For Chris Collins, all the hours spent building a website, developing relationships with food vendors and rehearsing his pitch had come down to this: He had seven minutes to persuade a room filled with investors that his company will revolutionize the way people book caterers.
“Catering is broken!” Collins said on stage.
Wearing a black blazer, a white button-down shirt and jeans, Collins said CaterCow.com makes it easier to find caterers, compare prices and pay for their services. What’s more, his company already has a steady source of revenue by taking a cut of every transaction.
“We have a business model that’s working,” he told the audience of 400 investors, many wearing suits. “We have a team in place to execute this. Now all we need is awesome people like you!”
Collins was one of several entrepreneurs on Friday to present their businesses to investors on “demo day” inside an office building in Manhattan’s Chelsea neighborhood. The young companies had just graduated from the Entrepreneurs Roundtable Accelerator, a three-month boot camp for startups that gives entrepreneurs $25,000, office space in Times Square, and the chance to pitch their businesses to venture capitalists who could fund their startups and potentially make them wealthy.
The Entrepreneurs Roundtable Accelerator is one of at least a dozen accelerator programs for tech startups in New York City. There are dozens more across the country.
For young entrepreneurs, such programs are like training wheels. They receive advice from venture capitalists and successful startup founders who help refine their business models, their sales pitches and their plans for growth.
“It’s like a combination of camp and graduate school,” said Jason Shames, co-founder of Jetaport.com, which aims to simplify booking group travel and also presented on Friday. “We didn’t have to make all the mistakes ourselves. They were able to steer us in the right direction through their experience.”
For investors, startups that graduate from accelerator programs are attractive bets because they have developed promising businesses faster than most young companies, said Andrew Parker, principal at NextView Ventures.
“When you think about how old these companies are — some were only founded three months ago — the stage they are at now is a year ahead of where they would be otherwise,” said Parker, who attended demo day.
The 10 startups that presented are hoping to find their niche in a variety of industries. Houdini wants to make it easier to outsource small repetitive tasks. Juniper & Trade wants to market custom-made furniture. HealthyChic wants to become a go-to destination for yoga products.
Still, they face long odds. Many startups fail. About three-quarters of venture-backed firms in the U.S. don’t return the money they’ve borrowed from investors, according to recent research by Shikhar Ghosh, a senior lecturer at Harvard Business School.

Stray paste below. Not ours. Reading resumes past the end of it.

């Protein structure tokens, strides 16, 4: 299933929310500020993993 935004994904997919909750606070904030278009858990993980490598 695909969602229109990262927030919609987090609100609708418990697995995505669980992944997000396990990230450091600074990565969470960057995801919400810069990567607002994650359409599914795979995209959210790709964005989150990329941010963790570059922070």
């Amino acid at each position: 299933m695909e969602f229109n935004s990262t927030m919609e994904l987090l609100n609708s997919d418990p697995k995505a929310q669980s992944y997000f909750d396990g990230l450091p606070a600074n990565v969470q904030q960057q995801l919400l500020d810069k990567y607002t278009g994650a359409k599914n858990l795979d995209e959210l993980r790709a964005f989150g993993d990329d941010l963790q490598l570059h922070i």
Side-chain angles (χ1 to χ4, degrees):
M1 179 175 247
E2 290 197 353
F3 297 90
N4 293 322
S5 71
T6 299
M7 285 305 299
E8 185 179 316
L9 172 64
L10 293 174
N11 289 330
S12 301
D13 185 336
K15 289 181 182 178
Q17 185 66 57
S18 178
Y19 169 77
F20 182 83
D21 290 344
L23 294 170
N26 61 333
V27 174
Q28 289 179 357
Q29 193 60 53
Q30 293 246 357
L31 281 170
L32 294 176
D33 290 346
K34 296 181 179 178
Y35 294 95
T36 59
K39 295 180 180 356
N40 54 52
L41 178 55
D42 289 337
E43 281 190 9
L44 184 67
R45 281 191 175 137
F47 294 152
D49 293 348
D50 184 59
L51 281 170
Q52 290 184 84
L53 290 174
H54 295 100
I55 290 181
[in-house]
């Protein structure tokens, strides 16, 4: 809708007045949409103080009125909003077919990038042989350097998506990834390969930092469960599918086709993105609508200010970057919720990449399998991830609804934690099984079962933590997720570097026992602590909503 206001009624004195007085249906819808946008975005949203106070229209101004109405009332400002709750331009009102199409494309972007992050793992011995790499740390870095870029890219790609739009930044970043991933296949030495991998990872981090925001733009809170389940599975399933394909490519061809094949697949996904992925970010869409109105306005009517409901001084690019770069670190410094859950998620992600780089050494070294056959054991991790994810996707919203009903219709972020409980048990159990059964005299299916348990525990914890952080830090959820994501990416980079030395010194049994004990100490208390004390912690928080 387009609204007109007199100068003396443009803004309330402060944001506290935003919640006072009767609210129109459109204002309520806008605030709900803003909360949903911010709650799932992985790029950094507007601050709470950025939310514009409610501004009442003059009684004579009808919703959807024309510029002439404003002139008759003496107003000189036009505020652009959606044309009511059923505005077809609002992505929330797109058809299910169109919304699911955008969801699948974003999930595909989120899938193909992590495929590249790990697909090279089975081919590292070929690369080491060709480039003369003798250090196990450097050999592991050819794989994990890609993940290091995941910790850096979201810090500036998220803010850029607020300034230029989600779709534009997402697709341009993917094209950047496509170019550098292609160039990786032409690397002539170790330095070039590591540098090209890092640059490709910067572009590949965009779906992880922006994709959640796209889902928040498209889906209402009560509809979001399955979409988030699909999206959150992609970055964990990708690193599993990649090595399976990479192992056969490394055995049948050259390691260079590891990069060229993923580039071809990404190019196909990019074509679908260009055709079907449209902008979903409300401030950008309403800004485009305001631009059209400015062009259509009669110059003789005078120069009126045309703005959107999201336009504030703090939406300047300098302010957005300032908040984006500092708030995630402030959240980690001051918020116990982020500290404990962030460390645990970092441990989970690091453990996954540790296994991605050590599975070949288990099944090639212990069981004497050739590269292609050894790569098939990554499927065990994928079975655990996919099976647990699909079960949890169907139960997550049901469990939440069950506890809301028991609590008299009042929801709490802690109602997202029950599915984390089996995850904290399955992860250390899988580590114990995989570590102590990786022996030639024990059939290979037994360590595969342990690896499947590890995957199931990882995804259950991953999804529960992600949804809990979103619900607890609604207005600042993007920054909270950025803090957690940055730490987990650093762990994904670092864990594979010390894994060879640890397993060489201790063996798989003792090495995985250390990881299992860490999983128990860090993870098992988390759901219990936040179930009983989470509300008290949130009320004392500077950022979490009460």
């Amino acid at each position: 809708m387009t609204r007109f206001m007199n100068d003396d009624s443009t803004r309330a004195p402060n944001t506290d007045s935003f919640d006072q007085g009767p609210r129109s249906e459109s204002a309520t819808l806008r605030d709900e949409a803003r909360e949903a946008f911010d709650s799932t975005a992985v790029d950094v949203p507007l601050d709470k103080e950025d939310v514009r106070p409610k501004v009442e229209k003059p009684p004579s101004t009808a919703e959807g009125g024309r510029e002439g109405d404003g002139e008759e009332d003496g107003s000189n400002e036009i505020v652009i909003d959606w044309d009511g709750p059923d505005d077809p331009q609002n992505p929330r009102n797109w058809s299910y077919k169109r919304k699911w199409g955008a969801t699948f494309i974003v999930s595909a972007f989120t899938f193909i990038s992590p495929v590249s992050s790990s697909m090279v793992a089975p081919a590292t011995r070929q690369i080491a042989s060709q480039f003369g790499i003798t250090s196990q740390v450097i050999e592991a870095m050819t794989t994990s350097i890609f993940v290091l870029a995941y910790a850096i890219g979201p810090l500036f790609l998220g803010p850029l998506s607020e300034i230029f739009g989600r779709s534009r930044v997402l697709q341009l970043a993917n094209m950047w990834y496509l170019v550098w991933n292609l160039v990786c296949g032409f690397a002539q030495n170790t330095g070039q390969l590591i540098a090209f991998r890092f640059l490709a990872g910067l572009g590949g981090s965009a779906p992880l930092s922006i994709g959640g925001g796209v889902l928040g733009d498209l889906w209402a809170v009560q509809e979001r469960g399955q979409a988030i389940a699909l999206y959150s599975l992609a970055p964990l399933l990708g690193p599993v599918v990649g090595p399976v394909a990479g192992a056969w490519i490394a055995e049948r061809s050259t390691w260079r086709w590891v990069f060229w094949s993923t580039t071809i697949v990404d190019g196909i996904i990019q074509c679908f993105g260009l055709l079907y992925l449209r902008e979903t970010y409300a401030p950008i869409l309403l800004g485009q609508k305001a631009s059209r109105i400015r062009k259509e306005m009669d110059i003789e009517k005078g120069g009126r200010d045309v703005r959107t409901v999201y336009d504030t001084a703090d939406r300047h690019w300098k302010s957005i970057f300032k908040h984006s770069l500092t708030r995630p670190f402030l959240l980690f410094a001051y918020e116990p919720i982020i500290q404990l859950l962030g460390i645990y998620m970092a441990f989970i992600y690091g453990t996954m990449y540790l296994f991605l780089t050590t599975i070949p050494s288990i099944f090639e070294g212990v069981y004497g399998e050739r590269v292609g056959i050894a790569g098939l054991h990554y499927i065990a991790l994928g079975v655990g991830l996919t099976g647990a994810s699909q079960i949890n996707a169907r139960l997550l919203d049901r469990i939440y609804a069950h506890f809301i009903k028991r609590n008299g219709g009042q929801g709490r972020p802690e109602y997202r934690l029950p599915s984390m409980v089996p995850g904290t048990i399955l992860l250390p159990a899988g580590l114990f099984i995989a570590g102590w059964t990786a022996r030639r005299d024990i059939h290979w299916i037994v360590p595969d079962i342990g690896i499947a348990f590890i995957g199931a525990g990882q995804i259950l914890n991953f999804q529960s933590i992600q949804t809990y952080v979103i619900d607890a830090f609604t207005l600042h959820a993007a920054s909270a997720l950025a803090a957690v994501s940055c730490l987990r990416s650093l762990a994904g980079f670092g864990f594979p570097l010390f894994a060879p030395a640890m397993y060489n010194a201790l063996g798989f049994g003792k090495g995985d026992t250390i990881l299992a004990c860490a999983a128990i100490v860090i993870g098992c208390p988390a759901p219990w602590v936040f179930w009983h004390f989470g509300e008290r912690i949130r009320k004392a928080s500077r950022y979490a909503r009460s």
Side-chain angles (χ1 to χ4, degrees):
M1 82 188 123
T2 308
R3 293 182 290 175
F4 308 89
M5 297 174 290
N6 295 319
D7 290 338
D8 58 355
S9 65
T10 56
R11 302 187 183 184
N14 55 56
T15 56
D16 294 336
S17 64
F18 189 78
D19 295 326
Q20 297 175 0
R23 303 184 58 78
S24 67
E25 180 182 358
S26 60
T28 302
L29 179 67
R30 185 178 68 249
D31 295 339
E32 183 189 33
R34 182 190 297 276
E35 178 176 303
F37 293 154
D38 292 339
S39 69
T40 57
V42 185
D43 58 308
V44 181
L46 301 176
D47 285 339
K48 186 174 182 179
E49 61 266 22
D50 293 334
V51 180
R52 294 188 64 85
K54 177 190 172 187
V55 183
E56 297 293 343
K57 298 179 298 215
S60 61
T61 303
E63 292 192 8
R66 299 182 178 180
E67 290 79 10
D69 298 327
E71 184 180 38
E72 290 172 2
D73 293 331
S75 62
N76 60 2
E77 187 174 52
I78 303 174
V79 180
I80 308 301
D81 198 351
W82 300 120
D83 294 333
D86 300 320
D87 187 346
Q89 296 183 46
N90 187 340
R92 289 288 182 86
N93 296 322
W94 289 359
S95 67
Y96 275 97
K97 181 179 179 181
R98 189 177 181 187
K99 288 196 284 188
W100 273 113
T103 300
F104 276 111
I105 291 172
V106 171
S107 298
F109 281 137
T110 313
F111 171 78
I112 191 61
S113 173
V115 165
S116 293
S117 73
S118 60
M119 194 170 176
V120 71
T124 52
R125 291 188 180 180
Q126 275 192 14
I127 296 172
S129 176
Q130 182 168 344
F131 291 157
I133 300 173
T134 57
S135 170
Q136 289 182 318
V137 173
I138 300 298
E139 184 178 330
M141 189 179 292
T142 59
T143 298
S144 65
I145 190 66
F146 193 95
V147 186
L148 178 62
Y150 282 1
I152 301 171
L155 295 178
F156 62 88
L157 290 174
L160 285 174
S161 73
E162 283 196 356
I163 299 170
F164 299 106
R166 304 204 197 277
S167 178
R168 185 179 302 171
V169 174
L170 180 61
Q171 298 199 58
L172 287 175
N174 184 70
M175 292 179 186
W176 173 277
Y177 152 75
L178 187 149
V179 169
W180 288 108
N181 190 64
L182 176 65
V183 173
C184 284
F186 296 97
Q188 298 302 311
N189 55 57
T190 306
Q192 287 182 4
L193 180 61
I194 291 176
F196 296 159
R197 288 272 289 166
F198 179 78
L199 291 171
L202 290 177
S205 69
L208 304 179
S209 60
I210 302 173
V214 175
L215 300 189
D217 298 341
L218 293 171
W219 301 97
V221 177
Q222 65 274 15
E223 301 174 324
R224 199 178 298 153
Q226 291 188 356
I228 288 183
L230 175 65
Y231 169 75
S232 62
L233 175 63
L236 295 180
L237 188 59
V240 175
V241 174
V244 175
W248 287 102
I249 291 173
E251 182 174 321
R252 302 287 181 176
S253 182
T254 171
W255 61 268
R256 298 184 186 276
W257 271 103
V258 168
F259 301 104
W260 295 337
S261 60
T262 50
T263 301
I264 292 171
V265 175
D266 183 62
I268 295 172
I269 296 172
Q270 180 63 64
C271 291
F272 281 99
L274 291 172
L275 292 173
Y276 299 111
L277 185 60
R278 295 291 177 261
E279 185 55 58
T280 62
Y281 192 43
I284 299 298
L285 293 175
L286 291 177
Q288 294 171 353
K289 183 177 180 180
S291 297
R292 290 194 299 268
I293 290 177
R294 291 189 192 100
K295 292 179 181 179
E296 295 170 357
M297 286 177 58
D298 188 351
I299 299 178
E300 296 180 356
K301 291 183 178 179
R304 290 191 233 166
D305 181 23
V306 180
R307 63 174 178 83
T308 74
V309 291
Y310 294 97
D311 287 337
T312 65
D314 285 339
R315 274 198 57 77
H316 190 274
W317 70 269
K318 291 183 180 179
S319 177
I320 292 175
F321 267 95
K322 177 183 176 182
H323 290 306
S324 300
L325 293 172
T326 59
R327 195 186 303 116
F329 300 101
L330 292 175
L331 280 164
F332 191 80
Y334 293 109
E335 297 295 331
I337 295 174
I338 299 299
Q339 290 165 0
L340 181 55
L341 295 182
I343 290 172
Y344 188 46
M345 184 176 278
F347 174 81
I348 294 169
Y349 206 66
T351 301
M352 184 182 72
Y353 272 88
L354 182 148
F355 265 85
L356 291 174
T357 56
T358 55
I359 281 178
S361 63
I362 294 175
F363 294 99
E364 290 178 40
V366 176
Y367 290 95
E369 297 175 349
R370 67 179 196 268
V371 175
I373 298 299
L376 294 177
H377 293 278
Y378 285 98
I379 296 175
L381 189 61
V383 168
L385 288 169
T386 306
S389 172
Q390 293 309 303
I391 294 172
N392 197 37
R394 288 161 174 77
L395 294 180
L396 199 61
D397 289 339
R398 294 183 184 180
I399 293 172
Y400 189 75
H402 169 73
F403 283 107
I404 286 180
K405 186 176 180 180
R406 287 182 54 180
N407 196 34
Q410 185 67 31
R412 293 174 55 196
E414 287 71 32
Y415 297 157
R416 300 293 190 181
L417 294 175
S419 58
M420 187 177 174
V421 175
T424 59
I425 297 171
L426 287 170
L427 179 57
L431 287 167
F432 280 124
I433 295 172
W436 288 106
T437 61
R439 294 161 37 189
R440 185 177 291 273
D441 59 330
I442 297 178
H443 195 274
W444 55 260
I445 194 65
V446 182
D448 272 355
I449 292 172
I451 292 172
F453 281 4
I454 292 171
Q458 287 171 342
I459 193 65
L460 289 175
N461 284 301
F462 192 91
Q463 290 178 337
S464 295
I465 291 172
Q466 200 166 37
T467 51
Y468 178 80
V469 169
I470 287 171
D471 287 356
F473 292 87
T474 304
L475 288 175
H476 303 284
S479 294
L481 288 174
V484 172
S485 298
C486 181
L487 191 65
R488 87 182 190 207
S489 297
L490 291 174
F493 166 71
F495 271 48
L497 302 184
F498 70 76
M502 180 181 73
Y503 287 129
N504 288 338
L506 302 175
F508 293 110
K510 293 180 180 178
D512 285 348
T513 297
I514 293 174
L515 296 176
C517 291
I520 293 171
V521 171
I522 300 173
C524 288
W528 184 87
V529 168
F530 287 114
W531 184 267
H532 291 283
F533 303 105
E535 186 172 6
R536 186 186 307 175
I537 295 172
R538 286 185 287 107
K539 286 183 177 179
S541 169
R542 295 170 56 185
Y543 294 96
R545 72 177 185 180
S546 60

During the presentations, many entrepreneurs wore t-shirts emblazoned with their startups’ logos. They showed videos and PowerPoint presentations, explained untapped opportunities in the market and made bold proclamations about how they were going to disrupt entire industries.
“We are building America’s political genome. This is a big deal. Fundraising will never be the same after us,” Jesse Sandoval, founder of Angel Politics, told the audience. His startup uses data analytics to match political donors and candidates.
“We will be the new de-facto way to exchange documents online,” Jonathon Ende, co-founder of Bizodo, said to investors. His startup wants to eliminate the need for paper within corporate HR departments.
At the end of each presentation, the entrepreneurs asked for money. Some were raising $500,000. Others were raising more than a $1 million.
For Collins, acceptance into the accelerator program represented a second chance. He and his co-founder, Carly Chamberlain, were among the first employees at Airbnb, a startup company that lets people offer short-term home or room rentals. They left the company more than a year ago and started a food company, Gusta.com.
But Gusta.com didn’t work out well, Collins said. So they came up with CaterCow.com and applied for the accelerator program. At the time, CaterCow.com did not have a website and had not completed a single transaction. Now, the company offers more than 100 catering packages.
On Friday, Collins’ presentation was smooth and well-rehearsed. He had practiced it more than 30 times. Still, he acknowledged having butterflies.
“The first time you present in front of 400 people, it’s nerve-wracking,” he said. “But once you get up there, you feed off the energy.”
Afterward, he collected more than a dozen business cards from investors and stuffed them into the pocket of his blazer. Collins said he plans to present CaterCow.com to another large group of investors in San Francisco, another opportunity made possible because of the accelerator program.
“The great thing is we have a lot of options,” he said. “There’s no other way to meet 600 or 700 investors than being in a program like this.”